diffusion coefficient and low viscosity) also make it extremely difficult to store and transport. The Cliffside facility is currently the largest facility in the world for long-term storage of crude helium. Its potential as a storage facility was only recognized, however, because it was a depleted field that was known to have previously contained relatively high helium concentrations (about 1.6 percent). The development of improved storage facilities is important because they would allow production facilities off the BLM pipeline to produce and store larger quantities of helium.

The third area requiring R&D is the development of methods to increase efficiency, conservation, and recycling in helium-dependent technologies and eventually to eliminate the need for helium entirely in some applications. For example, a great deal of progress has already been made in the development of cryocoolers and other technologies to recycle liquid helium and reduce the overall amount consumed. Incremental advances in cryogenic technologies continue to be pursued to reduce helium use further. Advances in technologies that require liquid helium temperatures should also be pursued in order to reduce the need for those temperatures (e.g., by employing high-temperature superconductors). This dual emphasis on incremental improvements in recycling and conservation and the eventual development of alternative technologies that do not require helium should be applied to other helium-based technologies (e.g., purging, welding, and other manufacturing processes) to reduce overall helium consumption even further.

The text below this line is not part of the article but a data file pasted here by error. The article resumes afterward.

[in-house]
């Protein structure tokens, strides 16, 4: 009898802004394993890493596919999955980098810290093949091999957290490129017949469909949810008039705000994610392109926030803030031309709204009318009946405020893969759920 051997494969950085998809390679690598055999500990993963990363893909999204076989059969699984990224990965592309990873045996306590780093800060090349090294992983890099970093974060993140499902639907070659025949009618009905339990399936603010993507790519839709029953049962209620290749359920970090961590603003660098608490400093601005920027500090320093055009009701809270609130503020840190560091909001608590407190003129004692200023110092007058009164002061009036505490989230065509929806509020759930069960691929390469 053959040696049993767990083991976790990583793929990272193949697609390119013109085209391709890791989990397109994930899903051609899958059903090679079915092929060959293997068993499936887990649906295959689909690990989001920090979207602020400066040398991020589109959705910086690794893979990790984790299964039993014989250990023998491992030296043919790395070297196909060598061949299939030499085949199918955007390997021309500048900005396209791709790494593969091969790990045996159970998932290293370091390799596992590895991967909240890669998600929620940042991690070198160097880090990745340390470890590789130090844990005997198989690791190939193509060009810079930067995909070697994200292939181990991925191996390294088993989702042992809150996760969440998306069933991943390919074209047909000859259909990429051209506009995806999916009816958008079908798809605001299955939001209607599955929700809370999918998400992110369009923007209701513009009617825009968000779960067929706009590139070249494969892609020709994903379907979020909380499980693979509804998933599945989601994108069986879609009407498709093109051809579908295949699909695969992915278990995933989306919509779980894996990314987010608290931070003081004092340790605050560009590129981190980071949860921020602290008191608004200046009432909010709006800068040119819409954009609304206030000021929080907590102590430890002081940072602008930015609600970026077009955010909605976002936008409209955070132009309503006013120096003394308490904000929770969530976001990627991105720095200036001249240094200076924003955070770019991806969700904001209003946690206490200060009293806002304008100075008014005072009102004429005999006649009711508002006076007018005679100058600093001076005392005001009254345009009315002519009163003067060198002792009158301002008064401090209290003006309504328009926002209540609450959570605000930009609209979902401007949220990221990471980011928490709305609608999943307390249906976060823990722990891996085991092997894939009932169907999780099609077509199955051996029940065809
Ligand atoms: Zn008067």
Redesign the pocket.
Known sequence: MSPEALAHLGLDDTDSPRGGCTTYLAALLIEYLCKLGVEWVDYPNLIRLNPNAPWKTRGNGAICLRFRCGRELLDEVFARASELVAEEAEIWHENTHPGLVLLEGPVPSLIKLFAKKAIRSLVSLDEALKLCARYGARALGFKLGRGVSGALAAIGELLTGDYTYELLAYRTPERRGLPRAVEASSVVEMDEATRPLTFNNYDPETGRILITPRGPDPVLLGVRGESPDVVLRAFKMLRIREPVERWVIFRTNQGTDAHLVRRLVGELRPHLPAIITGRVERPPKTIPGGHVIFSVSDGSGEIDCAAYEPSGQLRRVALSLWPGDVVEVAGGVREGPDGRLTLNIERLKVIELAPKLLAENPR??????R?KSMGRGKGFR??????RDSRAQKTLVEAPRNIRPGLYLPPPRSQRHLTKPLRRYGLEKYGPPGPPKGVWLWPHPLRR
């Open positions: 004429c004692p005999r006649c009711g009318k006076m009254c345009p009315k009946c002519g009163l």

Recommendation: The committee recommends that the Department of the Interior conduct research and development to ensure the continued supply of helium into the future. Goals for this research and development should include (1) new geological models and exploration technologies; (2) improved helium storage systems; and (3) enhanced technologies to conserve, recycle, and eventually replace helium.

The following specific research and development tasks should be considered:

  • Determine the geological characteristics and processes that permit the formation of helium-rich gas fields and develop methodologies and databases to assist in the discovery of these fields.

  • Identify potential sites for natural storage facilities to permit the establishment of new facilities near future major helium producers and to allow an increase in the storage and conservation capabilities of helium users.

  • Develop economic models for the extraction and storage of joint-product, nonrenewable resources the production of one of which is dominated by supply and demand for the other.

  • Improve the efficiency of technologies that currently depend on helium and develop alternative technologies that do not require helium.



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